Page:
The query roiling the minds of the Indian voters, and the multiple registered political parties in the current election fray is “‘Ab ki baar, kaun sarkar’ (whose government will it be this time)”?

Political soothsayers go by the impressive title of ‘psephologists’, which is derived from the Greek word ‘psephos’ meaning pebble that was used then for counting votes in Athens, the birthplace of democracy. Despite the data crunching and Chanakya -like analytical acumen of modern political pundits, they do not always come up trumps. The voter knows best, or we hope!

The election toolkit for political parties in their quest for the pot of gold, (mangalsutra included!), whether “‘char sau paar’ (cross 400)”, or first past the post as in the Westminster model , is quite complex. It includes the report card of the work done by the candidate, rightly so, catchy slogans that resonate with the masses, appropriate symbols for a visual connection with the political parties in a land of literacy deficit, and a bottomless stash of funds to run the campaign with overt or covert inducements.

And, if you bond with the people in more ways than one, then you certainly have an advantage!

With social media as a pervasive presence, a troll army with a grab bag of memes, deep fakes and artificial intelligence (AI) assisted voice cloning of famous celebs to promote your party are tools used all over the globe. We are witness to a political campaign descending into a narrative meant not to ignite minds but ignite hatred.

Fact checkers beware, because you might find yourself in the doghouse for exposing the lies! Mohammed Zubair of Alt News had to be rescued by the Supreme Court after three weeks in prison.

Keeping in mind the long arduous path to freedom, the voter has to cast his/her vote in an unbiased manner to make it count. As the well- known American anthropologist, Margaret Mead said: “ Never doubt that a small group of thoughtful, committed citizens can change the world: indeed. It’s the only thing that ever has”.

‘Jumlabaazi’ in itself is a neutral act of using rhyme, rhetoric, alliteration, punning and humour to make a sentence stick to memory. These are the same tricks of the trade that the advertising gurus use all the time. See the runaway success of Amul as a brand.

It is when the ‘jumla’ (Urdu for sentence) turns out to be a hollow promise or a hate bomb that ‘jumlabaazi’ gathers some opprobrium around it. The “Ache Din” slogan of the Bharatiya Janata Party (BJP) in 2014 turned sour with the sudden announcement of demonetisation in 2016. It only caused disruption and did nothing to unearth black money.

Indira Gandhi rode to power ‘like a Durga’ in 1971 with her resounding slogan “Garibi Hatao, Desh Bachao”. But after her autocratic governance led to the Emergency, the Janata party turned this slogan on its head by saying “Indira Hatao, Desh Bachao”.

The humble Lal Bahadur Shastri showed his connection with the farmers and the soldiers in the popular slogan “Jai Jawan, Jai Kisaan” in 1965, to which Vajpayee added “ Jai Vigyan” after the Pokhran nuclear weapons test in 1998.

Humour has always been a winning strategy to garner votes. This slogan for Lalu Yadav has great recall value : “jab tak rahega samose mein alu, tab tak rahega Bihar mein Lalu”! Lalu may have fallen from grace in the fodder scam but he still retains a certain earthy mojo.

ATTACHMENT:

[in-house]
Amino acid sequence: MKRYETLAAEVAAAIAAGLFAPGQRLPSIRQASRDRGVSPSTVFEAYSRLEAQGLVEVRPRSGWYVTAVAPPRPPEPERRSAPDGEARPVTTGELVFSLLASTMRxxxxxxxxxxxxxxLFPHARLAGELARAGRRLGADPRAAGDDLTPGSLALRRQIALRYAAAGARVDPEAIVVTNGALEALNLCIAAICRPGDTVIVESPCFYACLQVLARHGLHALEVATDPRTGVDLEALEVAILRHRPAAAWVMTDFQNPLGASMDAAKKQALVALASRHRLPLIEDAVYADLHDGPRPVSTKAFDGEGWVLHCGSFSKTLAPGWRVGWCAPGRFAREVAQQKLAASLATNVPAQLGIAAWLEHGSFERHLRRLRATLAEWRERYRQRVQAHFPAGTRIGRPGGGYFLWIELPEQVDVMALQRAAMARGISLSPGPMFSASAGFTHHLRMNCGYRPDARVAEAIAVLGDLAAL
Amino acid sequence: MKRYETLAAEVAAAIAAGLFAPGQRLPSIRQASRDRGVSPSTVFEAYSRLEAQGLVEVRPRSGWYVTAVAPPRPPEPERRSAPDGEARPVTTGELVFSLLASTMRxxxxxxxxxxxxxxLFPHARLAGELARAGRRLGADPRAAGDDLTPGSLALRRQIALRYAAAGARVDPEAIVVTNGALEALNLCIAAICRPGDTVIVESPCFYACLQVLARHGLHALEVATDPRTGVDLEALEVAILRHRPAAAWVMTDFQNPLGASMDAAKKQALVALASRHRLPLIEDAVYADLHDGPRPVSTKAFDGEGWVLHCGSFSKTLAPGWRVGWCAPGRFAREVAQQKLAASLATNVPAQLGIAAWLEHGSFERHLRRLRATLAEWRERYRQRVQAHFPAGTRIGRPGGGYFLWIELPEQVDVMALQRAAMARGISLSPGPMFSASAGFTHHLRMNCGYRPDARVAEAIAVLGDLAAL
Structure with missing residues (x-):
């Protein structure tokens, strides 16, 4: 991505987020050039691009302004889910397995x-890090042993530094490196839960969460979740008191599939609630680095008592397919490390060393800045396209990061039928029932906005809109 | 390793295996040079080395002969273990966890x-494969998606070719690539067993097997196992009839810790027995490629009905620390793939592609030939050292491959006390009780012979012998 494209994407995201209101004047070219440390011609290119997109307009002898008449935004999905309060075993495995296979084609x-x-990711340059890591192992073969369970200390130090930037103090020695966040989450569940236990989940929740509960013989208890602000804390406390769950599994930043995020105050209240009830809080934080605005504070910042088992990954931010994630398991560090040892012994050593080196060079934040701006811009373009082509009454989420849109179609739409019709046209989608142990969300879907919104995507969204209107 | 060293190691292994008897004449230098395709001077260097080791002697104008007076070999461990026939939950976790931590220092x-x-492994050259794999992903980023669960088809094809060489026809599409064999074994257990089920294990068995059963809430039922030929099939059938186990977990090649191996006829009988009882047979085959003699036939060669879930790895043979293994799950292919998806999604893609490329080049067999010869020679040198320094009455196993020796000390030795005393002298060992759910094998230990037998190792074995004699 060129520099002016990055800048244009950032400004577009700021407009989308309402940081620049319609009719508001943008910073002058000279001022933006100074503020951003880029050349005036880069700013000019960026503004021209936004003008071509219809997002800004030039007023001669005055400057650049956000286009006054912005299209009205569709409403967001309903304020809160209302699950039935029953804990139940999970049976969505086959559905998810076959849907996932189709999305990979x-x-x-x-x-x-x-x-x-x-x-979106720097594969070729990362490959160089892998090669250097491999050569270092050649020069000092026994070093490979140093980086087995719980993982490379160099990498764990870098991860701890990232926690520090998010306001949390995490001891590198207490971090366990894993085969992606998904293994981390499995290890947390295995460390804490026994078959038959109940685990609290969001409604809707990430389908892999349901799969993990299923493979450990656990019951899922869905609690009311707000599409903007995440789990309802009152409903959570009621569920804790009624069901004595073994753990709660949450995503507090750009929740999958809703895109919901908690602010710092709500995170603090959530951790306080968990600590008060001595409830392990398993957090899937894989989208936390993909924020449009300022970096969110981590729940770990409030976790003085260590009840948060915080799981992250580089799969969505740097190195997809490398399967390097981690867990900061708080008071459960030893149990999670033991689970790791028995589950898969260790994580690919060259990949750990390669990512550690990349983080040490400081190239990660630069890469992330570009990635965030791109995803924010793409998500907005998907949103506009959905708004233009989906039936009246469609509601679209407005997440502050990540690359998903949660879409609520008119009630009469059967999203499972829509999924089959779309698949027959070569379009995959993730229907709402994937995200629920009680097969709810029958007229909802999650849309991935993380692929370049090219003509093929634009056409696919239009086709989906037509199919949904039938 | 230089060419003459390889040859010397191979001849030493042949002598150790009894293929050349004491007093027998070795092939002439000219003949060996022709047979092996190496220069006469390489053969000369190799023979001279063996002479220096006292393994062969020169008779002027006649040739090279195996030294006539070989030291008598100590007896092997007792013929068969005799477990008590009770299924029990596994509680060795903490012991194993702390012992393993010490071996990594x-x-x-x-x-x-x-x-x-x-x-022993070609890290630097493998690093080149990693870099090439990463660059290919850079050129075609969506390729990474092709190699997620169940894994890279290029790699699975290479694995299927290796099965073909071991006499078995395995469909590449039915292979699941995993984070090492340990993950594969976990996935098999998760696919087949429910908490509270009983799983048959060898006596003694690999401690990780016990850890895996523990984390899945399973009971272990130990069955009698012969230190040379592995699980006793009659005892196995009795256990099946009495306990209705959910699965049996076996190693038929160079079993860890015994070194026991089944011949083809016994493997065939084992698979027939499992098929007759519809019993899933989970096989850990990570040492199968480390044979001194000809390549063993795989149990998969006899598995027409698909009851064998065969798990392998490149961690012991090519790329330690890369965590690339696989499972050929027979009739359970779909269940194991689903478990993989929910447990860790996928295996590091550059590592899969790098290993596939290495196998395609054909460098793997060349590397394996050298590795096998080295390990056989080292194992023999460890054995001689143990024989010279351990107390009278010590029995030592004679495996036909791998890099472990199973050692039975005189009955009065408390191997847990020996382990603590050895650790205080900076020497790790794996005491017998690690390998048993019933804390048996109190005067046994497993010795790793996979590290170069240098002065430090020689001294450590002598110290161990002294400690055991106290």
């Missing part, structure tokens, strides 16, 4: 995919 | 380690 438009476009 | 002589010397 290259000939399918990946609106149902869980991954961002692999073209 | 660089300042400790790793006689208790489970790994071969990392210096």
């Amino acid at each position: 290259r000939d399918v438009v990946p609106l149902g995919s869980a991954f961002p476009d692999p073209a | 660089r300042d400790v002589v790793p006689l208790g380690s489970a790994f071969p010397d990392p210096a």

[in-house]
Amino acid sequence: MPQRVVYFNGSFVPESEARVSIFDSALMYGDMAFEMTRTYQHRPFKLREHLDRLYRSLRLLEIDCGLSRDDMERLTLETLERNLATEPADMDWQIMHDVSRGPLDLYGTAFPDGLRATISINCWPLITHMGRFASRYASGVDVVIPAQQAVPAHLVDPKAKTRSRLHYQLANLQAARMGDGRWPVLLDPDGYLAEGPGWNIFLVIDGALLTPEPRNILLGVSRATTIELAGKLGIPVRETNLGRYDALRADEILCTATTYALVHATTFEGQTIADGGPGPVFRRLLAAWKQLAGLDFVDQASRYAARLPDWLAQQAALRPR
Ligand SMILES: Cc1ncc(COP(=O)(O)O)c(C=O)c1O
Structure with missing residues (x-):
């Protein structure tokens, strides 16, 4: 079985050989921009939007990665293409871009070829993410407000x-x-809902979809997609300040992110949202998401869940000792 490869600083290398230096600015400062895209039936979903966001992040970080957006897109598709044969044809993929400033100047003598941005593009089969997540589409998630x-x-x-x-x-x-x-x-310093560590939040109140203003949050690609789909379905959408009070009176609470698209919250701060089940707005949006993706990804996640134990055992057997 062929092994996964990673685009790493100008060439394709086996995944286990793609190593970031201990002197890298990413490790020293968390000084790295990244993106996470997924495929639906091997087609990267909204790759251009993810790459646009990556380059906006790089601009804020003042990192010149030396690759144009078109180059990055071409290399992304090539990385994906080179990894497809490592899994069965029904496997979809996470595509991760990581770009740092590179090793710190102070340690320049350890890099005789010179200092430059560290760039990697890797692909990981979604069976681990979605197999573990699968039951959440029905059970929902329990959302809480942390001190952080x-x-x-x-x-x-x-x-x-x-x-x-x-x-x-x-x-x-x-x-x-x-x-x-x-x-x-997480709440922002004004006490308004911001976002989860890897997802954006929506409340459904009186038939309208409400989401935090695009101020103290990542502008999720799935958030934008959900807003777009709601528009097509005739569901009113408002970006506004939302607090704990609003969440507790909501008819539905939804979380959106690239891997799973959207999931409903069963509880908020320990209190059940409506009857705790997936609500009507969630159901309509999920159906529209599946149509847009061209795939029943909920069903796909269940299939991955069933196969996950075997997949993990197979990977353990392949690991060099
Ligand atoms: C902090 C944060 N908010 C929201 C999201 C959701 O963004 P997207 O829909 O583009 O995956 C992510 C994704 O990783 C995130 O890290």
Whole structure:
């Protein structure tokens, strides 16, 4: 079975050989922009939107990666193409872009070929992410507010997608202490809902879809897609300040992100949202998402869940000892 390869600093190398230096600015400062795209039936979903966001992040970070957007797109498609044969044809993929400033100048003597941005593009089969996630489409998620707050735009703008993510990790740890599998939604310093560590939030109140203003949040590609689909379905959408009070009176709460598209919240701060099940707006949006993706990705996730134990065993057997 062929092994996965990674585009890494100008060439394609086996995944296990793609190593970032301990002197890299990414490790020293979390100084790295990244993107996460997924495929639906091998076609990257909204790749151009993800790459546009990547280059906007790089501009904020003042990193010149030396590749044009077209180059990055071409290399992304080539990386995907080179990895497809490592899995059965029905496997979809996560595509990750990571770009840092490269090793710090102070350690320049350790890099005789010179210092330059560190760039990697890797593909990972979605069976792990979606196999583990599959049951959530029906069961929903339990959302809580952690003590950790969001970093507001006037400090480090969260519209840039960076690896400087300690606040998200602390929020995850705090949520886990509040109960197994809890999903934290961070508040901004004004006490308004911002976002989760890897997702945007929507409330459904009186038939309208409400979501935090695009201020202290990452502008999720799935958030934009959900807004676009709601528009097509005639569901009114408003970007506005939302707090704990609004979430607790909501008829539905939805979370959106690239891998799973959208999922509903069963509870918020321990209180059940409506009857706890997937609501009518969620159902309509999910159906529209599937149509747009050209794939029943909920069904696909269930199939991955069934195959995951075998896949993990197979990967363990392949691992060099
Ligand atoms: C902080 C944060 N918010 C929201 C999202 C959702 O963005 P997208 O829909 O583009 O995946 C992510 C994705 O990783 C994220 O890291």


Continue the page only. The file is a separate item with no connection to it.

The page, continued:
An earlier avatar of BJP, the Jan Sangh, had this funny coinage in 1967: “‘Jan Sangh ko vote do, beedi peena chhod do, beedi mein tambaku hai, Congress wala daku hai (vote for Jan Sangh, quit smoking beedis, beedi has tobacco, congress people are dacoits)”’ apparently the tobacco lobby was not so powerful then. This finds a match in the Congress slogan: “Gali gali mein shor hai , chowkidar chor hai”.

After Indira Gandhi’s assassination in 1984, the slogan: “‘Indira teri yeh kurbani, yaad karega Hindustani’ (Indira, Indians will remember your sacrifice)” got Congress a landslide sympathy vote. In 1989, V. P. Singh, with a royal background, had a slogan coined to connect with the common man: “‘Raja nahin faquir hai, desh ki taqdeer hai (am not a king, am a poor man, am the nation’s fate)”.

In 2004, despite help from an advertising agency, BJP’s “India Shining” campaign fell flat on its face whereas “‘Congress ka haath, aam aadmi ke saath’ (Congress’ hand is with the common man)” got them back in power .

In 2019 BJP propelled Modi as their rock star campaigner with slogans that could upstage Shahrukh Khan: “‘Modi hai to mumkin hai’ (it is possible with Modi)”. Modi has met his match in Mamta Banerjee of Trinamul Congress fame in sloganeering. She succeeded with a challenging slogan hurled at the adversary, “‘Khela hobe’ (the game is on)” and continues to be defiant. The 3M’s “Ma, Mati, Manush” have a fourth M in ‘Maach’,added after Modi’s fish eating jibe in the ongoing campaigning.

“‘Roti kapada aur makan’ (food, clothes shelter)” is one slogan that both Indira Gandhi and Zulfiqar Ali Bhutto used, a rare instance of unintended collaboration, to play into the popular socialist sentiment. But the slogan that has really gone international is Modi’s: “‘Ab ki baar Modi sarkar (this time a Modi government)”.

In 2019 at a Houston ‘Howdy Modi’ rally diaspora- organised, Modi gave his tacit support to Donald Trump. In 2020 at the ‘Namaste Trump’ event at Motera stadium Ahmedabad, renamed Modi stadium now, Modi gave his open support to candidate Trump by tweaking the slogan to, “‘Ab ki baar, Trump sarkar’ (this time a Trump government)”. It didn’t help though.

Modi can’t nudge Trump to root for him, because he himself is in a pickle over a stormy affair with Stormy Daniel, facing possible incarceration. So we are back to the puzzling query, ‘Ab ki baar, kaun sarkar’?